More to Know About Inheritance Conflicts


In Indonesia, legal heirs --the predecessor’s children and spouse, or if none, parents-- as determined by KUH Perdata article 852 are automatically entitled to the inheritance, whether or not they were written into the will. So if you are a legal heir, you do not have to worry about being “left out of the will.”

Nevertheless, a predecessor may allocate up to 25% of his or her assets to individuals or entities other than the ones determined in article 852, for instance to charity. If more than 25% of the inheritance is allocated to someone who is not a legal heir, then legal heirs can dispute this by filing a claim to either the Civil Court or the Religious Court.

Legally incapable heirs

An heir may be deemed legally incapable -- "tak cakap hukum"-- if he or she is under 17 years of age, mentally ill, alcoholic, or an irresponsible spender who requires legal assistance to make decisions.

In this case, the legally incapable heir will need the assistance of a legal custodian, which usually is a parent, older sibling, or other trusted family member. Being the custodian of a legally incapable heir does not increase the custodian’s share of the inheritance, or make the custodian a legal heir if he or she is otherwise not one.

Sometimes a custodian who is not a family member may also be hired to manage the legally incapable heir’s inheritance on a professional basis.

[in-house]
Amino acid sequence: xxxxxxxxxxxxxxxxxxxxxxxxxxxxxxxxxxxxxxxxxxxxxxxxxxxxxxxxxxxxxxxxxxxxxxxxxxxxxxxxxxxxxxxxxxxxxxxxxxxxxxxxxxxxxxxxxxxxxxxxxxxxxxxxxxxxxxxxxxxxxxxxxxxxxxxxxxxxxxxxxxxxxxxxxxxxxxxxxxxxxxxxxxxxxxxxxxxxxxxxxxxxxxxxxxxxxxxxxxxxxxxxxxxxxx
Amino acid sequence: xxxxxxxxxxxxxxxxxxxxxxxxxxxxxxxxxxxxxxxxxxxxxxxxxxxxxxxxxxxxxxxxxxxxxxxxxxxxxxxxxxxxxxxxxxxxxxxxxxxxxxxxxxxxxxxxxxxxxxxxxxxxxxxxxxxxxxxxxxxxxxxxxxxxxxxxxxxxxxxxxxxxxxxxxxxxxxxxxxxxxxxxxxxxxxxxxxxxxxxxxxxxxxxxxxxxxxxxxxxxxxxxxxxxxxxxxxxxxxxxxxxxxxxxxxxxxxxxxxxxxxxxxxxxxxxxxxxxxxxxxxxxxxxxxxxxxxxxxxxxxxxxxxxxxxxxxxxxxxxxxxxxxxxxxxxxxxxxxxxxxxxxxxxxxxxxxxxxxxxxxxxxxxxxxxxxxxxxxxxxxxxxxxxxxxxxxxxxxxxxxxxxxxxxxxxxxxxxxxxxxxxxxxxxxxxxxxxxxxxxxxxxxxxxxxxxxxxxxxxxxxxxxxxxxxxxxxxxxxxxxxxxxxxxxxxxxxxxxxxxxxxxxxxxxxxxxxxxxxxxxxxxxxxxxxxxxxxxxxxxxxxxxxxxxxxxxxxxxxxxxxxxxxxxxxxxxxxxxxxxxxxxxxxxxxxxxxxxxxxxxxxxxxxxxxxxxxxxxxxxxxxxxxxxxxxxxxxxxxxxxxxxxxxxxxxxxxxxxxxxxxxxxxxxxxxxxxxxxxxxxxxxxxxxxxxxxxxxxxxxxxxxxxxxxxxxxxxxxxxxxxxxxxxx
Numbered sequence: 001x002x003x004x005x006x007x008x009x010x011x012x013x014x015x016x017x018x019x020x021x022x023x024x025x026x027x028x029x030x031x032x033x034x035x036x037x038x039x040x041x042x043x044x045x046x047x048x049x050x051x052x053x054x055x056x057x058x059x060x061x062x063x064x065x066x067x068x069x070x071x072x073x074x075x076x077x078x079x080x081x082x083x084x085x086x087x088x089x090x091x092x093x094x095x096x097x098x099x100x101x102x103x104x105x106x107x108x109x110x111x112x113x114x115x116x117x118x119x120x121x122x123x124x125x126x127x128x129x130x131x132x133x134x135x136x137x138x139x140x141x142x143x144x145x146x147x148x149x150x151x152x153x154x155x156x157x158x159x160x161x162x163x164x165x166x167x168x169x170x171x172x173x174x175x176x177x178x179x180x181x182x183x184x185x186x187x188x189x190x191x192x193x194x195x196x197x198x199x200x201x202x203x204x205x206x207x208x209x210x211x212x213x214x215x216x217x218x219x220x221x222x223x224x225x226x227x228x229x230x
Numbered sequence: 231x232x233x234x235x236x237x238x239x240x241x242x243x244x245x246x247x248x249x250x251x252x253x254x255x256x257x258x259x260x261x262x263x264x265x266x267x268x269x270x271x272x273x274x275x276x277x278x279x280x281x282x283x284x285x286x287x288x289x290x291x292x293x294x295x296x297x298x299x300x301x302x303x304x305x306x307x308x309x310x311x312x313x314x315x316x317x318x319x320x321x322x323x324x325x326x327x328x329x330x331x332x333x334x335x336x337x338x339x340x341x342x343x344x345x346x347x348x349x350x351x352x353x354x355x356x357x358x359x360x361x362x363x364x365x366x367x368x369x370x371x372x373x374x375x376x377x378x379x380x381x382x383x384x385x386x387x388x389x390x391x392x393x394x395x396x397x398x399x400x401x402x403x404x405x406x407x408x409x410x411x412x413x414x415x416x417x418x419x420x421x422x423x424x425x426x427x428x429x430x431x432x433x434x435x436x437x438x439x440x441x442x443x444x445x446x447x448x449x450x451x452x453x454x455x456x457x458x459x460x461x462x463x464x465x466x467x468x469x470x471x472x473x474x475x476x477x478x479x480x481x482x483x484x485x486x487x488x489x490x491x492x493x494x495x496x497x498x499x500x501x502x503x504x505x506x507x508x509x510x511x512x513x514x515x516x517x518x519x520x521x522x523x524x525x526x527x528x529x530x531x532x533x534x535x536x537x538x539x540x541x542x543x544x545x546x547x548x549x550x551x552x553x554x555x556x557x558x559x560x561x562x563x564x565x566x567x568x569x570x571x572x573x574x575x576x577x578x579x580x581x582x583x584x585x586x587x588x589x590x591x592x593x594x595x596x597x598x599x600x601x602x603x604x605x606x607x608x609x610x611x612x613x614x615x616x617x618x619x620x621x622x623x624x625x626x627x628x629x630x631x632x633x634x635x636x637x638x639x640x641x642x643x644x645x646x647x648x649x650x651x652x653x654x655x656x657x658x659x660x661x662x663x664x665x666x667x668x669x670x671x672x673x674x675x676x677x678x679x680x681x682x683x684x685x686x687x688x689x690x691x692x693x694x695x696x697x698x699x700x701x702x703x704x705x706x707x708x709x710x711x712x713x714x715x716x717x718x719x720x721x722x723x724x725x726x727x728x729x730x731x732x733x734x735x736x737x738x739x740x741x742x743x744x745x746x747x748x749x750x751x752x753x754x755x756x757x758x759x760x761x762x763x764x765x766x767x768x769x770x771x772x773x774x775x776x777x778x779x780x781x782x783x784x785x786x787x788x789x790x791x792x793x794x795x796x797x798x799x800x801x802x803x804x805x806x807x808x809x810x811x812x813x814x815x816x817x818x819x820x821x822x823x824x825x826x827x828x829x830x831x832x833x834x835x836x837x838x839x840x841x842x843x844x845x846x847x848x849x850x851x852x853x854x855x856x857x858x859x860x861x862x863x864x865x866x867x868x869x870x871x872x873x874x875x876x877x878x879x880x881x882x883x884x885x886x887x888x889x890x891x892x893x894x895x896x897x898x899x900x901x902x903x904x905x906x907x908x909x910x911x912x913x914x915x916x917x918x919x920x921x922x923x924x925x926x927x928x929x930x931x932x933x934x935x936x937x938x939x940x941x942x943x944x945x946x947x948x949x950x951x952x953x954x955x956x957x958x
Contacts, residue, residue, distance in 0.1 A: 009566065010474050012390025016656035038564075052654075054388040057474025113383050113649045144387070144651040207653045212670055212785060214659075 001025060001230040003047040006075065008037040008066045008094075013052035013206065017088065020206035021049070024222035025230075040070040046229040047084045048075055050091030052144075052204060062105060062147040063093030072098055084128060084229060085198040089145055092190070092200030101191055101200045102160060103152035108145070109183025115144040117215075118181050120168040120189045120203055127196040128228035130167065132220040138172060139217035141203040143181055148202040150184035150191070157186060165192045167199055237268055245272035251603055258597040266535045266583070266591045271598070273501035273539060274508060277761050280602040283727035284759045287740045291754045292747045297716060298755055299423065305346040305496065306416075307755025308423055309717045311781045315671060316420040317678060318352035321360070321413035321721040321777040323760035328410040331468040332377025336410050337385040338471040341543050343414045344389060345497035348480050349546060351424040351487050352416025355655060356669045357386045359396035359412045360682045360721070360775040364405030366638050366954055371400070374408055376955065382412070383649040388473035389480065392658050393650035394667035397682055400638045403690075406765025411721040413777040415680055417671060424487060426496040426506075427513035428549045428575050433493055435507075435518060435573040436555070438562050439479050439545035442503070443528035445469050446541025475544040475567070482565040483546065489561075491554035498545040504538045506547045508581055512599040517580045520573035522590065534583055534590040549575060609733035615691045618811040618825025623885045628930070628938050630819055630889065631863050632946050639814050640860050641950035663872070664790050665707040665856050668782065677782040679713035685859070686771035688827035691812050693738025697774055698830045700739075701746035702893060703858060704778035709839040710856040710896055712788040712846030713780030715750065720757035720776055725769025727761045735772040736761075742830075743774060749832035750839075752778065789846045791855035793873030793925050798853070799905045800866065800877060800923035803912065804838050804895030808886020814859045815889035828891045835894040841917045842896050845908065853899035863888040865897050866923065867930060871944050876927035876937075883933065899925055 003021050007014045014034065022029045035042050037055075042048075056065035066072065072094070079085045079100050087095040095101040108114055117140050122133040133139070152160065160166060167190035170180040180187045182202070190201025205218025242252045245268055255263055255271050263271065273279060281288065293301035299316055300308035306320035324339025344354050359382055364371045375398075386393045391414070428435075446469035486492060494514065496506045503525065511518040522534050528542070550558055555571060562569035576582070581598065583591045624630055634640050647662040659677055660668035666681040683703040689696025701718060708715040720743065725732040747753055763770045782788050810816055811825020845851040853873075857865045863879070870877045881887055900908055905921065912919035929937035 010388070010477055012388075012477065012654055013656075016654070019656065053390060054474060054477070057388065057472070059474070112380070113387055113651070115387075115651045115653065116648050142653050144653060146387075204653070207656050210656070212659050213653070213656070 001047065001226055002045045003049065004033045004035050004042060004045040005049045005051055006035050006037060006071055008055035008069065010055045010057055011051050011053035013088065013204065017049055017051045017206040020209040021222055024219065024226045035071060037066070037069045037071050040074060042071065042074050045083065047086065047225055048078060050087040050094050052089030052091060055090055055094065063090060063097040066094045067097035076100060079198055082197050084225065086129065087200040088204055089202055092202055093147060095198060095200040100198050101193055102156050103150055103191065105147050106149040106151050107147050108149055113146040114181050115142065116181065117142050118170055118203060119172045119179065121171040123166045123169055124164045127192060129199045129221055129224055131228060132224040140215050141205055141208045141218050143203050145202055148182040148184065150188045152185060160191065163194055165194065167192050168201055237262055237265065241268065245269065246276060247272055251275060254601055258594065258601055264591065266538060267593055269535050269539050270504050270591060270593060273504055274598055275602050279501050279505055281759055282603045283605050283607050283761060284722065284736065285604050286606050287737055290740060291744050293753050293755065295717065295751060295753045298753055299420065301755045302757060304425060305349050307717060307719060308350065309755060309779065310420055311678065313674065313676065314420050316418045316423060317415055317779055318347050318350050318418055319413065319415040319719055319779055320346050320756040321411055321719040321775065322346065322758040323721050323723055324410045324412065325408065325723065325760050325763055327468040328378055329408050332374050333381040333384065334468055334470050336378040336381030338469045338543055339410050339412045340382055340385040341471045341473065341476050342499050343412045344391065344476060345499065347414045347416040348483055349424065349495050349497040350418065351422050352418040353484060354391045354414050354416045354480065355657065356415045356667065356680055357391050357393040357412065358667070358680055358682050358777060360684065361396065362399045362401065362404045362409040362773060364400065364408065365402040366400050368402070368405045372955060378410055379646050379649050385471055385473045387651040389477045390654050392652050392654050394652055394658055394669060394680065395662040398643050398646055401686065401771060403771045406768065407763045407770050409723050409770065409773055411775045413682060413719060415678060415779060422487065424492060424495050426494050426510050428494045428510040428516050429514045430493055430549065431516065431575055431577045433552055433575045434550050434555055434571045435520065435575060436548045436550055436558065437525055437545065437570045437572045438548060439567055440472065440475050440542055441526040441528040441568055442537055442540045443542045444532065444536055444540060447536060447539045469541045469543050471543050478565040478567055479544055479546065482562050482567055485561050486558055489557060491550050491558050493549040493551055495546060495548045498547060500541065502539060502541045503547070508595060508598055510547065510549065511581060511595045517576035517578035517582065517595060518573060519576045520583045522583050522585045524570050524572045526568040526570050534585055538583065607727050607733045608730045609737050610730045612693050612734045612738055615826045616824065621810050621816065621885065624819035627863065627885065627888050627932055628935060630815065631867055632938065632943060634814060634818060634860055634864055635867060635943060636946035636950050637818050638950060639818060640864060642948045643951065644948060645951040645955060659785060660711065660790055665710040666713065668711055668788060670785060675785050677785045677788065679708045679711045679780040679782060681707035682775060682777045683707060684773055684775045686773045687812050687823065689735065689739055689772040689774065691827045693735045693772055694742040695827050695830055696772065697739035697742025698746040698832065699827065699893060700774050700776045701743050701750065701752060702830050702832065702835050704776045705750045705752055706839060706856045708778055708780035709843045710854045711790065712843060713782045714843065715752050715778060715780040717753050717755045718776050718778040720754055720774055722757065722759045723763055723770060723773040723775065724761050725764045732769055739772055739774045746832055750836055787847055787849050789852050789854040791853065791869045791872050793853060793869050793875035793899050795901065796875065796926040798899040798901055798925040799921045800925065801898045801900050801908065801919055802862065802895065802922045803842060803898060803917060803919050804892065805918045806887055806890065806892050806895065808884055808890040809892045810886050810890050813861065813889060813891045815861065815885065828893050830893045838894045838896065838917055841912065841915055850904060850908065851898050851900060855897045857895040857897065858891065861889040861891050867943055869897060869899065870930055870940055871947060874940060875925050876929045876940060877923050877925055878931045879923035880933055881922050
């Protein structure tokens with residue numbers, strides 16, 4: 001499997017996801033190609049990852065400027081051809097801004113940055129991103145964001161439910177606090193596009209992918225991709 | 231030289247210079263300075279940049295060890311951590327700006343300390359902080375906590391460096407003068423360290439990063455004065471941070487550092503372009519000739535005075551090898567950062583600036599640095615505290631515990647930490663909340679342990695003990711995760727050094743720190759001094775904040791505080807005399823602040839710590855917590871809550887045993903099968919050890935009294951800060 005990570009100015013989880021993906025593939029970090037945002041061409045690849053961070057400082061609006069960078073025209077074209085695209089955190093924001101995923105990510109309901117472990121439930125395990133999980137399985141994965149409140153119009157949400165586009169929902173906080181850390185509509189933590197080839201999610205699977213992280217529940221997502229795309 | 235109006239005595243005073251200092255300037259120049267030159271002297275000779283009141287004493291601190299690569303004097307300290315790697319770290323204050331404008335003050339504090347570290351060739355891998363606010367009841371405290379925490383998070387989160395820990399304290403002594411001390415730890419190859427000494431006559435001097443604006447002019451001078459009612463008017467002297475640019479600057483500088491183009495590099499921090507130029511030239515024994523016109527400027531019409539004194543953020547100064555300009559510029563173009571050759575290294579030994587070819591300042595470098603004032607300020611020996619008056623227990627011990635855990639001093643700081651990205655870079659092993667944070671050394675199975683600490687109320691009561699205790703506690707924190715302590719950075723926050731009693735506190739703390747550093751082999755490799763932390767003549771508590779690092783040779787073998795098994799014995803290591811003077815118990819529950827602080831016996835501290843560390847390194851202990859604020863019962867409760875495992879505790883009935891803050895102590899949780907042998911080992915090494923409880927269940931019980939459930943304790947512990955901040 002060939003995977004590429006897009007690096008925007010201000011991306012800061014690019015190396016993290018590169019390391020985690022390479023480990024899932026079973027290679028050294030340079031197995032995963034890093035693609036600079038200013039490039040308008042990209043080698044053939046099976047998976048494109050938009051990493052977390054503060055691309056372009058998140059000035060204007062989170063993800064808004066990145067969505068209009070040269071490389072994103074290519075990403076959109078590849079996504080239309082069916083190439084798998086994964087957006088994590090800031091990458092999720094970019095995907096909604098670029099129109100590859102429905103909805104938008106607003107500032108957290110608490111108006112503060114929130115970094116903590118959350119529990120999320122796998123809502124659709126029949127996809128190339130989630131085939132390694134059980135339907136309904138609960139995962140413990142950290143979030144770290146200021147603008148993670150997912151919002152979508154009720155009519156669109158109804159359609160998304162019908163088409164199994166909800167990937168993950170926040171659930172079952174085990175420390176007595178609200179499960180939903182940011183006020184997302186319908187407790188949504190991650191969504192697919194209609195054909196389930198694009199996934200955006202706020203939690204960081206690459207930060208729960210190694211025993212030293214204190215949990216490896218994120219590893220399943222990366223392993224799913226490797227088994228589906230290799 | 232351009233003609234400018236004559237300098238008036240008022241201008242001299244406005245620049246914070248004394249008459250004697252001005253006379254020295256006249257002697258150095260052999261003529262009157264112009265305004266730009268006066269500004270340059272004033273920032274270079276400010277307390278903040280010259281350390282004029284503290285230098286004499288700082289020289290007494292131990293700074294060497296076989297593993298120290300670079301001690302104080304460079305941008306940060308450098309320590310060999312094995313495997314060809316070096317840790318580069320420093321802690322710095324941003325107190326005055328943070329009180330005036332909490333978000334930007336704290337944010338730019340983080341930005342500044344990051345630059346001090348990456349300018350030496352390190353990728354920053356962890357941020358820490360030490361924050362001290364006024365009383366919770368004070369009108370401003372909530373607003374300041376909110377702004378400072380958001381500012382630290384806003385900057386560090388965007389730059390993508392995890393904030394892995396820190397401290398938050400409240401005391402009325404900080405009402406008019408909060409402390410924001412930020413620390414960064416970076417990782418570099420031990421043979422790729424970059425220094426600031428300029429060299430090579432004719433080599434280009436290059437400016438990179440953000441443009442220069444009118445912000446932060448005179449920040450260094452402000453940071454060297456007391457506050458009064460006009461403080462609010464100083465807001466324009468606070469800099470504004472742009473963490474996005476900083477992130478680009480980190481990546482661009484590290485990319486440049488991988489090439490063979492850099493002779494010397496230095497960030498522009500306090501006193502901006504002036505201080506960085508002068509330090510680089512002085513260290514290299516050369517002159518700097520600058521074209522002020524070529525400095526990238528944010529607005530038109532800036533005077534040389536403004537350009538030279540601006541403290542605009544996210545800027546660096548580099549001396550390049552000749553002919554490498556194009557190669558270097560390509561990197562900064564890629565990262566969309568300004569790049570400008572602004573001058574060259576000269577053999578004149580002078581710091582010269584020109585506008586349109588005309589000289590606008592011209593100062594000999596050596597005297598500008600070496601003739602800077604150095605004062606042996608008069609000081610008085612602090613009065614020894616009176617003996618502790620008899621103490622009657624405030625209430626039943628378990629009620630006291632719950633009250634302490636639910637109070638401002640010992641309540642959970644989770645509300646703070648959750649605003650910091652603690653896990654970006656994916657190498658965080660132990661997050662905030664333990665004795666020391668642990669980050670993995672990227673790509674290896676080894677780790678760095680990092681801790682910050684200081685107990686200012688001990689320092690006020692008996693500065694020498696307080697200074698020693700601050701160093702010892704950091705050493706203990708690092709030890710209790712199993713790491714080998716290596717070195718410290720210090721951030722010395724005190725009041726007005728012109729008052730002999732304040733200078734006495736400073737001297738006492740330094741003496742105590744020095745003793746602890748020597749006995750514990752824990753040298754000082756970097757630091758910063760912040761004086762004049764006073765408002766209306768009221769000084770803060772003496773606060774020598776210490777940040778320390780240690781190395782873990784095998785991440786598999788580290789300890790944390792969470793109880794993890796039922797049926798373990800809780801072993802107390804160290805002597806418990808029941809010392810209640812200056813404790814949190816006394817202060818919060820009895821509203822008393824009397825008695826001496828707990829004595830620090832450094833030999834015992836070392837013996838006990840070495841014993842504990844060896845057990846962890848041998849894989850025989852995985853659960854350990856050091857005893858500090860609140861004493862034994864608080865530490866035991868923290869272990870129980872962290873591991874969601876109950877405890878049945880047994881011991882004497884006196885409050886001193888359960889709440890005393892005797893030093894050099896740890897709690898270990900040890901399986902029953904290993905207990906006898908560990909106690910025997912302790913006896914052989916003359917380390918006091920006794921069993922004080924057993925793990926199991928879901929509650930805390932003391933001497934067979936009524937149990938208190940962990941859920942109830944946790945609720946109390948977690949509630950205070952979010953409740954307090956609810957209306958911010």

Losing the right to one’s inheritance

From the date of the predecessor’s death, heirs have 30 years to claim the inheritance before the right to claim expires.

An heir can lose rights to the inheritance if he or she, by the judge’s verdict, is proven in court to have committed a crime against the predecessor. This includes:

  • Having murdered or attempted to murder the predecessor
  • Having committed libel against the predecessor for a crime that carries a penalty of 5 years in prison or more
  • Having committed a violent act that prevented the predecessor from writing or revoking his or her will
  • Having misappropriated, damaged, or falsified the predecessor’s will.

In Muslim families, religious differences can also be legal grounds for losing one’s inheritance. In this case, non-Muslim members of a Muslim family, or someone who would otherwise be a legal heir but has converted out of Islam, are not entitled to the inheritance.

How to resolve disputes

Legal action involves filing a case to the Religious Court if you are Muslim, and Civil Court if you are not. The procedure will consist of registration, receiving the subpoena, a first session to check the identities of the heirs or their legal representatives, follow-up sessions to verify the evidence, and the verdict. A typical case takes about 6 weeks to 3 months.

Tip: You can also educate yourself by consulting free resources such as www.hukumonline.com or the legal library at Pusat Studi Hukum dan Kebijakan (PSHK) in Puri Imperium Office Plaza, Jl Kuningan Madya kav 5-6, Jakarta. If you encounter a problem, it is also a good idea to see a lawyer who practices family law and consult your case before making any decision.

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